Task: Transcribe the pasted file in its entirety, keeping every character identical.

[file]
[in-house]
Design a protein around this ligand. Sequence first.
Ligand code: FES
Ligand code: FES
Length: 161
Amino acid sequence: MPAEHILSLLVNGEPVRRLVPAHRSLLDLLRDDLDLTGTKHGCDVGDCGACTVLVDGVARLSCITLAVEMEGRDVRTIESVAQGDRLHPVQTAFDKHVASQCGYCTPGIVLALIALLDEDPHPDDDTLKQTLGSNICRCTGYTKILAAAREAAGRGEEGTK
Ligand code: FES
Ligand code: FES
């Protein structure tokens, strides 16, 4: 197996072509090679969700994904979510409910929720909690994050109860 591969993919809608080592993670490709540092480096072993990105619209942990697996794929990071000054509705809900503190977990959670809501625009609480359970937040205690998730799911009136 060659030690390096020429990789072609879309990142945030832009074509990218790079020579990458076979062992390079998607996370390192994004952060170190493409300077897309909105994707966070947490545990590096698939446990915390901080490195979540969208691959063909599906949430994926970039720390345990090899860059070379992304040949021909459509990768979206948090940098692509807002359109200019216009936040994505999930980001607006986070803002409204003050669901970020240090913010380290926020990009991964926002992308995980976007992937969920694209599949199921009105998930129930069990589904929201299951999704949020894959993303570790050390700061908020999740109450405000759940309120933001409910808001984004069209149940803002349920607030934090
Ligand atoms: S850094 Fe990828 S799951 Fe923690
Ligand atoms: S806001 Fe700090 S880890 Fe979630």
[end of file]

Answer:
[in-house]
Design a protein around this ligand. Sequence first.
Ligand code: FES
Ligand code: FES
Length: 161
Amino acid sequence: MPAEHILSLLVNGEPVRRLVPAHRSLLDLLRDDLDLTGTKHGCDVGDCGACTVLVDGVARLSCITLAVEMEGRDVRTIESVAQGDRLHPVQTAFDKHVASQCGYCTPGIVLALIALLDEDPHPDDDTLKQTLGSNICRCTGYTKILAAAREAAGRGEEGTK
Ligand code: FES
Ligand code: FES
């Protein structure tokens, strides 16, 4: 197996072509090679969700994904979510409910929720909690994050109860 591969993919809608080592993670490709540092480096072993990105619209942990697996794929990071000054509705809900503190977990959670809501625009609480359970937040205690998730799911009136 060659030690390096020429990789072609879309990142945030832009074509990218790079020579990458076979062992390079998607996370390192994004952060170190493409300077897309909105994707966070947490545990590096698939446990915390901080490195979540969208691959063909599906949430994926970039720390345990090899860059070379992304040949021909459509990768979206948090940098692509807002359109200019216009936040994505999930980001607006986070803002409204003050669901970020240090913010380290926020990009991964926002992308995980976007992937969920694209599949199921009105998930129930069990589904929201299951999704949020894959993303570790050390700061908020999740109450405000759940309120933001409910808001984004069209149940803002349920607030934090
Ligand atoms: S850094 Fe990828 S799951 Fe923690
Ligand atoms: S806001 Fe700090 S880890 Fe979630």